> > thought they needed it since the general thinking was that the functions
> > provided full filled the perceived need as to how this “queuing” would
be
> > used. If you have the view that these functions are, or will be used,
only
> > as FIFO’s into a piece of hardware, then you do not need to give the
> > capability of unplugging an item from the middle of a queue and the
> > hanging
> > it on the hardware. Indeed, on the hardware end of things, I have bent
> > over
> > backwards to kiss my gluteus maximus to make sure that everything
> > funneling
> > into the hardware was first in first out. Why? Because if the user comes
> > back to me and says “I got these out of order …” I can then say, “Ok,
> > then
> > why did you send them out order?”
> >
> > That, however, was in the beginning … today, we have device stacks and
> > nodes all over the place, with possibly several drivers blessing a queue
> > before it gets plugged into the PDO for transfer to the hardware, and it
> > is
> > quite possible that one of those drivers will need to POP an item from
the
> > middle of that queue. In other words, when the queue is going to a
framis,
> > then I need to open the framis aperture, but if I’m going to a widget,
> > then
> > a widget doesn’t have an aperture and I’ll only confuse the widget if I
> > give
> > it that item. Sure, the PDO can say “Widget or framis?”, but that adds
> > complexity that can more easily be handled in an upper layer.
> >
> > In other words, the need for ExInterlockedRemoveEntryList has evolved.
> > Those
> > of us that need it, write it. It would, however, be nice if it were
added
> > to
> > the HAL, so that it could be used across all possible hardware
platforms.
> >
> > Gary
> >
> > -----Original Message-----
> > From: xxxxx@lists.osr.com
> > [mailto:xxxxx@lists.osr.com] On Behalf Of Michal Vodicka
> > Sent: Friday, July 13, 2001 6:50 PM
> > To: NT Developers Interest List
> > Subject: [ntdev] RE: [NTDEV] Queue Management …
> >
> > > ----------
> > > From: Eliyas Yakub[SMTP:xxxxx@microsoft.com]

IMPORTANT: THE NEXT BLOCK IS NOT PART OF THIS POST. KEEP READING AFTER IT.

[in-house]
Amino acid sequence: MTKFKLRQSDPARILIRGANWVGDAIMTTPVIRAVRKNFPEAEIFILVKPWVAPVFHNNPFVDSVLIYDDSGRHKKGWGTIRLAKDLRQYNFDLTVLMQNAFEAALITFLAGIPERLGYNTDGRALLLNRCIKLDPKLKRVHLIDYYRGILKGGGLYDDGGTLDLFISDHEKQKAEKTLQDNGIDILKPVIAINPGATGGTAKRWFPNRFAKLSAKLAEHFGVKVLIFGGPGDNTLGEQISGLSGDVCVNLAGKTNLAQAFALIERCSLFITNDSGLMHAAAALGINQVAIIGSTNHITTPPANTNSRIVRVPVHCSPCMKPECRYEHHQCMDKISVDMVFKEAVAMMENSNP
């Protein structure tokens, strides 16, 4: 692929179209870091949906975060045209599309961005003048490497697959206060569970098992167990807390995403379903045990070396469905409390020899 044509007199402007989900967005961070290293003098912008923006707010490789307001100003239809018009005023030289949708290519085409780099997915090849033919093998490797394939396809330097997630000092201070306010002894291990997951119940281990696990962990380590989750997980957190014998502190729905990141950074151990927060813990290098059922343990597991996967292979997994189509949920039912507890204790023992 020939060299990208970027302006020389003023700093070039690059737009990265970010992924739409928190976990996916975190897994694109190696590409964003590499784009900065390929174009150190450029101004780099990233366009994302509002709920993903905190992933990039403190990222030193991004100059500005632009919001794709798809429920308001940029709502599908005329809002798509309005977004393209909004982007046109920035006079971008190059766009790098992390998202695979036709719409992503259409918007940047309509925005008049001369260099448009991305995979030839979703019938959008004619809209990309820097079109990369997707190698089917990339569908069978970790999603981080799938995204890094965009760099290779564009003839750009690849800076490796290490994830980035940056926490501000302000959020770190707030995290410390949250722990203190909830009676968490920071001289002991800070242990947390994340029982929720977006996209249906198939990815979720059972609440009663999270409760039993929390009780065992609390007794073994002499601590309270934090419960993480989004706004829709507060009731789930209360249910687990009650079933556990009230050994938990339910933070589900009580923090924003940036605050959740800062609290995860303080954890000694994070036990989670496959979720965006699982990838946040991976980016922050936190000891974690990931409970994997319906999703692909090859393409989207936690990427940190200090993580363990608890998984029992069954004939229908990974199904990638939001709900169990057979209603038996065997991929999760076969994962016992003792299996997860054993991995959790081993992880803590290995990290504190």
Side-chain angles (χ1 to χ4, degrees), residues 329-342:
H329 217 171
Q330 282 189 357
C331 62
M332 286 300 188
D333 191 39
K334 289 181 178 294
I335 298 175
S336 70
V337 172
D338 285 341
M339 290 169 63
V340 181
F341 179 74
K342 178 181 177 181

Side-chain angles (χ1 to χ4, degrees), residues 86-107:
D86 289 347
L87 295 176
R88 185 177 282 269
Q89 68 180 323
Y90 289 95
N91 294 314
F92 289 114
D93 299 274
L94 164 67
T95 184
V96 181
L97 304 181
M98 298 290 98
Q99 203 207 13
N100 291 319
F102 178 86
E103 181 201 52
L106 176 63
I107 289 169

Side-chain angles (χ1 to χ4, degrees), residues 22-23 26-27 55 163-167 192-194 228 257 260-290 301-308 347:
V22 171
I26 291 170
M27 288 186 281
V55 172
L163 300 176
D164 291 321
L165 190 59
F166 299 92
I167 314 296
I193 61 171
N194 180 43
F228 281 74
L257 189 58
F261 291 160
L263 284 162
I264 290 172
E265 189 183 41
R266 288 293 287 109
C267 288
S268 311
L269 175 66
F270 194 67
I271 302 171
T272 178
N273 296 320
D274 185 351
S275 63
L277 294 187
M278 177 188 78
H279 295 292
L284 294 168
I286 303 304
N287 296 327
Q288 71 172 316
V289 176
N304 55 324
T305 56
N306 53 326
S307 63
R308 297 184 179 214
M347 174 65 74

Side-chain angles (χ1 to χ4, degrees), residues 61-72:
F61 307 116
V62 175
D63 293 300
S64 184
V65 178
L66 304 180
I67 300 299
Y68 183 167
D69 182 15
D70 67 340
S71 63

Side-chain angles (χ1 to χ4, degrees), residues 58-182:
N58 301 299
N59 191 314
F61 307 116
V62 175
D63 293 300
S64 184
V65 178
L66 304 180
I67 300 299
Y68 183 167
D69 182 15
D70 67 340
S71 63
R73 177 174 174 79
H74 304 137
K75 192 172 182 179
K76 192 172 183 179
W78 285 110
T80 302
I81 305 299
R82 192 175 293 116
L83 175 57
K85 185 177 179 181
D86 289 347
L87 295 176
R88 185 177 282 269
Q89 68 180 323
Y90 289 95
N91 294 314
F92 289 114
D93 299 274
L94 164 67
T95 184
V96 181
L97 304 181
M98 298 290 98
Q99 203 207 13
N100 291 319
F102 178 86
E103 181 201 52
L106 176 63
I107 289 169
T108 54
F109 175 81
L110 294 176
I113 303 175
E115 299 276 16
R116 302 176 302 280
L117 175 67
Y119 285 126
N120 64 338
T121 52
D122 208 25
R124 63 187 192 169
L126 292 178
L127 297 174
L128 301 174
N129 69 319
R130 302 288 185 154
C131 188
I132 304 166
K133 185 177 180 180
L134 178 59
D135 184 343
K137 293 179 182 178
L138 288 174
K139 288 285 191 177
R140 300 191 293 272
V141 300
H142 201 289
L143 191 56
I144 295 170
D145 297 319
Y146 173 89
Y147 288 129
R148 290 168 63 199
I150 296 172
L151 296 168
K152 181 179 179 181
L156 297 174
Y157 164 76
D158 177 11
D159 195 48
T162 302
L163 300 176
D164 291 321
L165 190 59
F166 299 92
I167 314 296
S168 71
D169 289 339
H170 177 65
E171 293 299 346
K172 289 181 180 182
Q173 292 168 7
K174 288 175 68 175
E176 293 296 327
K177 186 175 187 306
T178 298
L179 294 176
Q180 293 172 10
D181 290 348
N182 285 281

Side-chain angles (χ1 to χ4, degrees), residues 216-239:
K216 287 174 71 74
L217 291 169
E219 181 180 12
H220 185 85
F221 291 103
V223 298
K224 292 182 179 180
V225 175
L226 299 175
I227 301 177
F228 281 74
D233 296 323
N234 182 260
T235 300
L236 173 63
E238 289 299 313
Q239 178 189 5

> > > Reply To: NT Developers Interest List
> > > Sent: Monday, July 09, 2001 7:44 PM
> > > To: NT Developers Interest List
> > > Subject: [ntdev] RE: [NTDEV] Queue Management …
> > >
> > > >“Gary G. Little” wrote in message:
> > >
> > > >Why has there never been an ExInterlockedRemoveEntryList to permit an
> > > >orthagonal, and atomic, management of doubly linked queues?
> > >
> > > The question boils down to, where did you get the pointer to the
object
> > > you
> > > want to remove? If you had to traverse the list to find it then you
> > > already had to have the list locked in which case, when you find it
you
> > > can
> > > just use RemoveEntryList. You can certainly come up with cases of
> > > having
> > > an arbitrary pointer to an object but the normal case is you had to
get
> > > that
> > > pointer from somewhere. Anyway, that’s why.
> > >
> > Well, this is the way of thinking typical for DDKs :frowning: Somebody at
> > Microsoft makes the decision which is sufficient for DDK examples but
bad
> > for the real world. The results are incomplete headers, documentation
and
> > API as in this case. Yes, I also missed ExInterlockedRemoveEntryList and
> > implemented it myself.
> >
> > Best regards,
> >
> > Michal Vodicka
> > Veridicom
> > (RKK - Skytale)
> > [WWW: http://www.veridicom.com , http://www.skytale.com]
> >
> >
> >
> >
> >
> >